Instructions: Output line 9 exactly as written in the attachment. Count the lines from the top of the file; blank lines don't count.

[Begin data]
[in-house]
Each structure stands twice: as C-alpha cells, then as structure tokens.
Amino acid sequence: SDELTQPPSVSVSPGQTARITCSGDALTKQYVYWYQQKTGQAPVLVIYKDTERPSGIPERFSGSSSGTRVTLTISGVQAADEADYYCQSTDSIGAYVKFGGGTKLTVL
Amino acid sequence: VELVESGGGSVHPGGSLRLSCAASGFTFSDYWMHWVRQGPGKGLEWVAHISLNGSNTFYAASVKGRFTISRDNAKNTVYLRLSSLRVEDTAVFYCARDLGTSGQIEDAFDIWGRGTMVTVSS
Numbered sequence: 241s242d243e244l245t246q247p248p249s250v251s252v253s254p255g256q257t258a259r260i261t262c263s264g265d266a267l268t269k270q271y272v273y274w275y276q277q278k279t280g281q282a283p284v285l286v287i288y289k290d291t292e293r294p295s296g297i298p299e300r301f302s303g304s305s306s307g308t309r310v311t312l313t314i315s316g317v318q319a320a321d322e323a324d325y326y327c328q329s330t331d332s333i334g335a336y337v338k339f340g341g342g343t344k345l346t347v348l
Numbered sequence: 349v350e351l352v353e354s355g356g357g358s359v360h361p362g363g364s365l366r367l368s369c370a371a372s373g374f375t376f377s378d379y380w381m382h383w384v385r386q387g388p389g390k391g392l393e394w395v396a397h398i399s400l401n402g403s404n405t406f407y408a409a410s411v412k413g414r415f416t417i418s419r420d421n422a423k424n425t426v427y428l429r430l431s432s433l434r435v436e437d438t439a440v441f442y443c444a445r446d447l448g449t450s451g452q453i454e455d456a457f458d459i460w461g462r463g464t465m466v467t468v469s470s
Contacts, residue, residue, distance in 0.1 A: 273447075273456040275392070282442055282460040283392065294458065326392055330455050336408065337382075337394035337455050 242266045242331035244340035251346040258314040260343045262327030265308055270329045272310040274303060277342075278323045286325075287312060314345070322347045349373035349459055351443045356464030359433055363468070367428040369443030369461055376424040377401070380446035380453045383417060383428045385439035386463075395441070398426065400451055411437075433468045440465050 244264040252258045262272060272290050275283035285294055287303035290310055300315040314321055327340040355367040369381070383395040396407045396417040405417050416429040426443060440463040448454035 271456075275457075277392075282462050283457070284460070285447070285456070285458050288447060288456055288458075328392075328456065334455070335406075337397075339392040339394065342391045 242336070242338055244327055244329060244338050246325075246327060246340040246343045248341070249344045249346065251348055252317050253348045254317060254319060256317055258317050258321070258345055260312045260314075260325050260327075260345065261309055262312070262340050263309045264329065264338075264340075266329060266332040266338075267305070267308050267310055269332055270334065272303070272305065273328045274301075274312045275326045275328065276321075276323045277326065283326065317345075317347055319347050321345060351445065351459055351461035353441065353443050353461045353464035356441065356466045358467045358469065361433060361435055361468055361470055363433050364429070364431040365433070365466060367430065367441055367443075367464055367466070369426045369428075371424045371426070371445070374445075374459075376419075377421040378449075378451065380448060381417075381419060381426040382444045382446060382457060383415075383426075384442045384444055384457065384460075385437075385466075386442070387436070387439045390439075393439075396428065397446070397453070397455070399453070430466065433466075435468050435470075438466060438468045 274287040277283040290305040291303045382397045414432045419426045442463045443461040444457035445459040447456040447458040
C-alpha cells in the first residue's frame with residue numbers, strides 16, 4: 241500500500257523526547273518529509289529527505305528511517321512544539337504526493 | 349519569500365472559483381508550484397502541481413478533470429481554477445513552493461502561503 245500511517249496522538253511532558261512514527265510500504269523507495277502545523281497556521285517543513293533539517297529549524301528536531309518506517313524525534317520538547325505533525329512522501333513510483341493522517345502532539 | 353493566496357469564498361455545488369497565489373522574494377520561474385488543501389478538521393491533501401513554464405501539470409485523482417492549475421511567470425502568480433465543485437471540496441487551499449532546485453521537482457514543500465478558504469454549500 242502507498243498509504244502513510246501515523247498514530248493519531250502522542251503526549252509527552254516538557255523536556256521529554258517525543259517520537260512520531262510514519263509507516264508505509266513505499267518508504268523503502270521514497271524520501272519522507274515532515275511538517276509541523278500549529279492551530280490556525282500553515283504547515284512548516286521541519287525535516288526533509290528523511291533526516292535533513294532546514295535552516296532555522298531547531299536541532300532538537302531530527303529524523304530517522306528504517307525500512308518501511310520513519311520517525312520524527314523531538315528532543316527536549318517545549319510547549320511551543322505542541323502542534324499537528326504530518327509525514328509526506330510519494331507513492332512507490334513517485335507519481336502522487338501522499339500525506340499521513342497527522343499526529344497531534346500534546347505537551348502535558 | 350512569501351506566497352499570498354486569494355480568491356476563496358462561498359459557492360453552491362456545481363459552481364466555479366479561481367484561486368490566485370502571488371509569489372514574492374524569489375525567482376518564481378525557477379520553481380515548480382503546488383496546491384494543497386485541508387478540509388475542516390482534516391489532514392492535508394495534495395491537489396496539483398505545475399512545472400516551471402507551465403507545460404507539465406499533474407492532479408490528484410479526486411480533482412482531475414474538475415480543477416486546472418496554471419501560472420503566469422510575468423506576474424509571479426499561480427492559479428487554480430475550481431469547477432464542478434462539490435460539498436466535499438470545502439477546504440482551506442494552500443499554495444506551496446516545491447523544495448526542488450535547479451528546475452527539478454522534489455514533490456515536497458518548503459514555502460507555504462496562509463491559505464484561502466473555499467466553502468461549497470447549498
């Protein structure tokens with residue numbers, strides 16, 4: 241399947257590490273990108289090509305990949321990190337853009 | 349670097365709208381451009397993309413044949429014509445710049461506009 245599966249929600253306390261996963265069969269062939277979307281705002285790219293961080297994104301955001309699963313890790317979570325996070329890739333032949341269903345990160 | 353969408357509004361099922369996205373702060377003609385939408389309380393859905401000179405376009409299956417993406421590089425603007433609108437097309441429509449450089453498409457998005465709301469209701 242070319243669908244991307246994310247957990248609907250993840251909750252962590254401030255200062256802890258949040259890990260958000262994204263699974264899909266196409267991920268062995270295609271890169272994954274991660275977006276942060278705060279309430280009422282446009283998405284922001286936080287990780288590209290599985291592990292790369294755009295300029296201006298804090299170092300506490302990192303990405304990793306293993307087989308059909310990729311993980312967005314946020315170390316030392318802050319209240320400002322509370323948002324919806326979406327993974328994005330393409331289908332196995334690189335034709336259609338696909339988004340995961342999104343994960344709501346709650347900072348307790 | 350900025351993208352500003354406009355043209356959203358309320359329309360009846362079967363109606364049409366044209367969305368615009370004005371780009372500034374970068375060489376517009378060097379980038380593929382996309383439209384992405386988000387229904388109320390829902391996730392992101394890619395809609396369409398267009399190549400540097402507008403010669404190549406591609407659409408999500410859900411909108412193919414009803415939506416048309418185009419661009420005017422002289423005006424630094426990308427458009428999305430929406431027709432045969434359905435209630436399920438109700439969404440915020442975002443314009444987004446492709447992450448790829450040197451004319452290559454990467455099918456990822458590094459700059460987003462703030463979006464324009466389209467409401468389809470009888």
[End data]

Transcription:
């Protein structure tokens with residue numbers, strides 16, 4: 241399947257590490273990108289090509305990949321990190337853009 | 349670097365709208381451009397993309413044949429014509445710049461506009 245599966249929600253306390261996963265069969269062939277979307281705002285790219293961080297994104301955001309699963313890790317979570325996070329890739333032949341269903345990160 | 353969408357509004361099922369996205373702060377003609385939408389309380393859905401000179405376009409299956417993406421590089425603007433609108437097309441429509449450089453498409457998005465709301469209701 242070319243669908244991307246994310247957990248609907250993840251909750252962590254401030255200062256802890258949040259890990260958000262994204263699974264899909266196409267991920268062995270295609271890169272994954274991660275977006276942060278705060279309430280009422282446009283998405284922001286936080287990780288590209290599985291592990292790369294755009295300029296201006298804090299170092300506490302990192303990405304990793306293993307087989308059909310990729311993980312967005314946020315170390316030392318802050319209240320400002322509370323948002324919806326979406327993974328994005330393409331289908332196995334690189335034709336259609338696909339988004340995961342999104343994960344709501346709650347900072348307790 | 350900025351993208352500003354406009355043209356959203358309320359329309360009846362079967363109606364049409366044209367969305368615009370004005371780009372500034374970068375060489376517009378060097379980038380593929382996309383439209384992405386988000387229904388109320390829902391996730392992101394890619395809609396369409398267009399190549400540097402507008403010669404190549406591609407659409408999500410859900411909108412193919414009803415939506416048309418185009419661009420005017422002289423005006424630094426990308427458009428999305430929406431027709432045969434359905435209630436399920438109700439969404440915020442975002443314009444987004446492709447992450448790829450040197451004319452290559454990467455099918456990822458590094459700059460987003462703030463979006464324009466389209467409401468389809470009888």